He smiled swiftly, seeming to appreciate my effort. "Yes, you're exactly my brand of heroin."
"Does that happon eften?" I asked.
He looked across the treetops, thinking through his response.
"I spoke to my brothers about it." He still stared into the distance. "To Jasper, every one of you is much the same. He's the most recent to join our family. It's a struggle for him to abstain at all. He hasn't had time to grow sensitive to the differences in smell, in flavor." He glanced swiftly at me, his expression apologetic.
"Sorry," he said.
"I don't mind. Please don't worry about offending me, or frightening me, or whichever. That's the way you think. I can understand, or I can try to at least. Jst explain however you can."
He took a deep breath and gazed at the sky again.
"So Jasper wasn't sure if he'd ever come across someone who was as" - he hesitated, looking for the right word - "appealing as you are to me. Which makes me think not. Emmett has been on the wagon longer, so to speak, and he understood what I meant. He says twice, for him, once stronger than the other."
"And for you?"
The word hung there for a moment in the warm breeze.
"What did Emmett do?" I asked to break the silence.
It was the wrong question to ask. His face grew dark, his hand clenched into a fist inside mine. He looked away. I waited, but he wasn't going to answer.
"I guess I know," I finally said.
He lifted his eyes; his expression was wistful, pleading.
"Even the strongest of us fall off the wagon, don't we?"
"What are you asking? My permission?" My voice was sharper than I'd intended. I tried to make my tone kinder - I could guess what his honestly must cost him. "I mean, is there no hope, then?" How calmly I could discuss my own death!
"No, no!" He was instantly contrite. "Of course there's hope! I mean, of course I won't..." He left the sentence hanging. His eyes burned into mine. "It's different for us. Emmett... these were strangers he happened across. It was a long time ago, and he wasn't as... practiced, as careful, as he is now."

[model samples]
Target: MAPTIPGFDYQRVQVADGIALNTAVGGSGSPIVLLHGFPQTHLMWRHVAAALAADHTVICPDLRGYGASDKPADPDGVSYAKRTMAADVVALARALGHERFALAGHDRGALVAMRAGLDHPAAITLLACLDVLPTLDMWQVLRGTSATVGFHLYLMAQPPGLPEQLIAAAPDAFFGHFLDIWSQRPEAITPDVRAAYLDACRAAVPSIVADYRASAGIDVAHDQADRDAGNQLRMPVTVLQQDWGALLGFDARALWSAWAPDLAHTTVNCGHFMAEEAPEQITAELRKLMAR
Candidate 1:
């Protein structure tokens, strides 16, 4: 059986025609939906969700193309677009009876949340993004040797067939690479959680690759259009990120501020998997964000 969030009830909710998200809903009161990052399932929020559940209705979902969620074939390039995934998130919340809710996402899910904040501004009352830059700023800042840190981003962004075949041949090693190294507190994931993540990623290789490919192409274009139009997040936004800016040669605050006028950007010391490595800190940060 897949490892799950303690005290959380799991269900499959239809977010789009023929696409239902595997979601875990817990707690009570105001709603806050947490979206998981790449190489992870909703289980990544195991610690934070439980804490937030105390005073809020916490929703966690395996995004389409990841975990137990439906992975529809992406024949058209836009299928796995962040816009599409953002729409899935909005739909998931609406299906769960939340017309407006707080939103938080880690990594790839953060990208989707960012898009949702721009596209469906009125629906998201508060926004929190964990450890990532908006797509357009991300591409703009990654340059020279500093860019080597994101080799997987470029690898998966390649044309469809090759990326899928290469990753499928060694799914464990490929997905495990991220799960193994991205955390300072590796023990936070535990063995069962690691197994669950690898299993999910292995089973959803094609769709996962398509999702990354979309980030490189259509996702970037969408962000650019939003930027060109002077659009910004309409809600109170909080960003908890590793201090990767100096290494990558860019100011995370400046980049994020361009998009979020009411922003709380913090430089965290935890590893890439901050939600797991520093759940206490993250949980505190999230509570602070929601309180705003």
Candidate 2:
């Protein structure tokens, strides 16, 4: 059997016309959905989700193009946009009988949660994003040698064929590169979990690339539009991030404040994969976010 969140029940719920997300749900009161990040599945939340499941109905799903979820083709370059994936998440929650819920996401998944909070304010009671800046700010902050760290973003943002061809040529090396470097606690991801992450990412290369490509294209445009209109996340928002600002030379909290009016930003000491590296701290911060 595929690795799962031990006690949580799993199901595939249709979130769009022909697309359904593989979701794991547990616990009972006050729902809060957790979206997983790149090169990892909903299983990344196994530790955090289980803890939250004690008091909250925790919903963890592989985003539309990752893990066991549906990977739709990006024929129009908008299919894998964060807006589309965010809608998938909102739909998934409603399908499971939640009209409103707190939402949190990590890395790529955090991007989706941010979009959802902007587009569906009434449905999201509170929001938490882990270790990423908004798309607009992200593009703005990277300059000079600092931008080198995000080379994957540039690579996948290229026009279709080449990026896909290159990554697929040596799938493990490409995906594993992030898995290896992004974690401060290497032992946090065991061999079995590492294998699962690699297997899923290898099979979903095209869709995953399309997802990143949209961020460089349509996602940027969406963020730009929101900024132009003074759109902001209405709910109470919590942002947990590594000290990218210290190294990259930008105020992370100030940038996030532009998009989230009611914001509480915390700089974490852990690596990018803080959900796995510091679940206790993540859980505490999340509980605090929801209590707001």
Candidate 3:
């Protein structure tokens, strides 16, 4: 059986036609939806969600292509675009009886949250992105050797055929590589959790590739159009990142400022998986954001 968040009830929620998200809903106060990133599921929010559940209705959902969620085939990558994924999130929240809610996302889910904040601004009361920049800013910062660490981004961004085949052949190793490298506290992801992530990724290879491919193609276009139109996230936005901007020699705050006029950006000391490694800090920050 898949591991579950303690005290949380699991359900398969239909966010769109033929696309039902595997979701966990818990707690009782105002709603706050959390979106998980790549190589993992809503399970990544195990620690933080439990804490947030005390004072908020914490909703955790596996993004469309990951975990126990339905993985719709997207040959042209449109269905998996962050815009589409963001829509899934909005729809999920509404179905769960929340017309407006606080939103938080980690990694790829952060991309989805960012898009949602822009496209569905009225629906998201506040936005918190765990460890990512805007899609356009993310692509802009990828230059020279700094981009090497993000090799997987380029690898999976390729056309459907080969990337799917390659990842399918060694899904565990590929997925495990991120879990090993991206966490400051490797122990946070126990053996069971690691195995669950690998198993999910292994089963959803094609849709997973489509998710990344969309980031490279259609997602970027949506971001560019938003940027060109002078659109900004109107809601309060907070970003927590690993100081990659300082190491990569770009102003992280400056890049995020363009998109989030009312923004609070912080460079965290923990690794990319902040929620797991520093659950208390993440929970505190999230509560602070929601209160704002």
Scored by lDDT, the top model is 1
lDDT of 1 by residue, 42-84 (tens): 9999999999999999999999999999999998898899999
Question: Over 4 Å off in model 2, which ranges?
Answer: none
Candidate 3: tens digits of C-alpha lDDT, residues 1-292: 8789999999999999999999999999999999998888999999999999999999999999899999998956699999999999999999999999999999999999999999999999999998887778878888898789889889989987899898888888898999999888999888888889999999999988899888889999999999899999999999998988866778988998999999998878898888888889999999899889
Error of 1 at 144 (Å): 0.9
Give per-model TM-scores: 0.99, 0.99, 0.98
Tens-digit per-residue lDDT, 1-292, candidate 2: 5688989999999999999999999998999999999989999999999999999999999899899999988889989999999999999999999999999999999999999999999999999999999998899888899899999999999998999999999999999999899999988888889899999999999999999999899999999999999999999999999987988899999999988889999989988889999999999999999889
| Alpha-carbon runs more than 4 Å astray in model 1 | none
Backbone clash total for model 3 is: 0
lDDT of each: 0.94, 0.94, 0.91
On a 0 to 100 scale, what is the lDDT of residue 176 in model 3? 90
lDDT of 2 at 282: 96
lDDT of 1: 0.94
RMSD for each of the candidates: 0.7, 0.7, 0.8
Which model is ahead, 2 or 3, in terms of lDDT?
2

He fell silent and watched me intently as I thought it through.
"So if we'd met... oh, in a dark alley or something..." I trailed off.
"It took everything I had not to jump up in the middle of that class full of children and - " He stopped abruptly, looking away. "When you walked past me, I could have ruined everything Carlisle has built for us, right then and there. If I hadn't been denying my thirst for the last, well, too many years, I wouldn't have been able to stop myself." He paused, scowling at the trees.
He glanced at me grimly, both of us remembering. "You must have thought I was possessed."
"I couldn't understand why. How you could hate me so quickly..."
"To me, it was like you were some kind of demon, summoned straight from my own personal hell to ruin me. The fragrance coming off your skin... I thought it would make me deranged that first day. In that one hour, I thought of a hundred different ways to lure you from the room with me, to get you alone. And I fought them each back, thinking of my family, what I could do to them. I had to run out, to get away before I could speak the words that would make you follow..."
He looked up then at my staggered expression as I tried to absorb his bitter memories. His golden eyes scorched from under his lashes, hypnotic and deadly.
"You would have come," he promised.
I tried to speak calmly. "Without a doubt."
He frowned down at my hands, releasing me from the forve of his stare. "And then, as I tried to rearrange my schedule in a pointless attempt to avoid you, you were there - in that close, warm little room, the scent was maddening. I so very nearly took you then. There was only one other frail human there - so easily dealt with."
I shivered in the warm sun, seeing my memories anew through his eyes, only now grasping the danger. Poor Ms. Cope; I shivered again at how close I'd come to being inadvertently responsible for her death.